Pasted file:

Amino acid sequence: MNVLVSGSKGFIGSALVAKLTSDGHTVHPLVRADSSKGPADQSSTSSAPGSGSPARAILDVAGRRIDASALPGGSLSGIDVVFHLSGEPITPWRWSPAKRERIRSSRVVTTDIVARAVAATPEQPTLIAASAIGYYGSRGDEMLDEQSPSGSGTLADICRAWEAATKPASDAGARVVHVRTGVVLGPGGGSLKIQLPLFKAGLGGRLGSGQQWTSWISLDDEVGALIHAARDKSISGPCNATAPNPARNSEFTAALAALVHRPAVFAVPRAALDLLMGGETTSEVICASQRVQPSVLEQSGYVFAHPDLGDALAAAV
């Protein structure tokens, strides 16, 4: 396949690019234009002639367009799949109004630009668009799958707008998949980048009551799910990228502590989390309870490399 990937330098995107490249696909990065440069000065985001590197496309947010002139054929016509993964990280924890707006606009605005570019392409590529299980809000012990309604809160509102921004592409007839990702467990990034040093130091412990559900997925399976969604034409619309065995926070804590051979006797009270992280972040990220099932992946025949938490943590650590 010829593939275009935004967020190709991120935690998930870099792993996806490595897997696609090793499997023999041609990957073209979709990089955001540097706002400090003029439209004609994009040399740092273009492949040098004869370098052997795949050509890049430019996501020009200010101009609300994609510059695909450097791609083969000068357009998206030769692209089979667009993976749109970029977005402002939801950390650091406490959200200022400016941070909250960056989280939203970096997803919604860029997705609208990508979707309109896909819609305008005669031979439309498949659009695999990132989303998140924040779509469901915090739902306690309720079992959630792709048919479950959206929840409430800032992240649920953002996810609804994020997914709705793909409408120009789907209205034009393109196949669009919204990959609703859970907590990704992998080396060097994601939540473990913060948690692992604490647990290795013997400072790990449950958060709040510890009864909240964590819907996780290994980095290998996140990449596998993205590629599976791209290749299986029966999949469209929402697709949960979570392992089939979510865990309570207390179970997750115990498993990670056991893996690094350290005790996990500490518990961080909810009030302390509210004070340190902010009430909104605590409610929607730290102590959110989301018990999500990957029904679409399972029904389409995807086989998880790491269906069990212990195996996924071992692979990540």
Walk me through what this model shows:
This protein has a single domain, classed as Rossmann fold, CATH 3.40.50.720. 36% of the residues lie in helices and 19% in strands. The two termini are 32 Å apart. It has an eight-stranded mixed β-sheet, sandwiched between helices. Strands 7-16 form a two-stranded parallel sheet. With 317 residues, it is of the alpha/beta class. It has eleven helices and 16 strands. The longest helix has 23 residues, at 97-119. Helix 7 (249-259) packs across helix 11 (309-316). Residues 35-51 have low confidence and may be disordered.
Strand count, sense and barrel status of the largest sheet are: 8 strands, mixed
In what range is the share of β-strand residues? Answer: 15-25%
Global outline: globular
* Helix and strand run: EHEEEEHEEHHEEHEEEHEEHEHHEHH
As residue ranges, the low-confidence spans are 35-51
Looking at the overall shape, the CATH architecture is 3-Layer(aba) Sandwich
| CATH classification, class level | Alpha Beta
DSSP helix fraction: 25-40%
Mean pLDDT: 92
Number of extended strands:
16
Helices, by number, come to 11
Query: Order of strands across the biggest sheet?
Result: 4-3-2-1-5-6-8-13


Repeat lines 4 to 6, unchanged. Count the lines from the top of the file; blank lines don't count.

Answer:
This protein has a single domain, classed as Rossmann fold, CATH 3.40.50.720. 36% of the residues lie in helices and 19% in strands. The two termini are 32 Å apart. It has an eight-stranded mixed β-sheet, sandwiched between helices. Strands 7-16 form a two-stranded parallel sheet. With 317 residues, it is of the alpha/beta class. It has eleven helices and 16 strands. The longest helix has 23 residues, at 97-119. Helix 7 (249-259) packs across helix 11 (309-316). Residues 35-51 have low confidence and may be disordered.
Strand count, sense and barrel status of the largest sheet are: 8 strands, mixed
In what range is the share of β-strand residues? Answer: 15-25%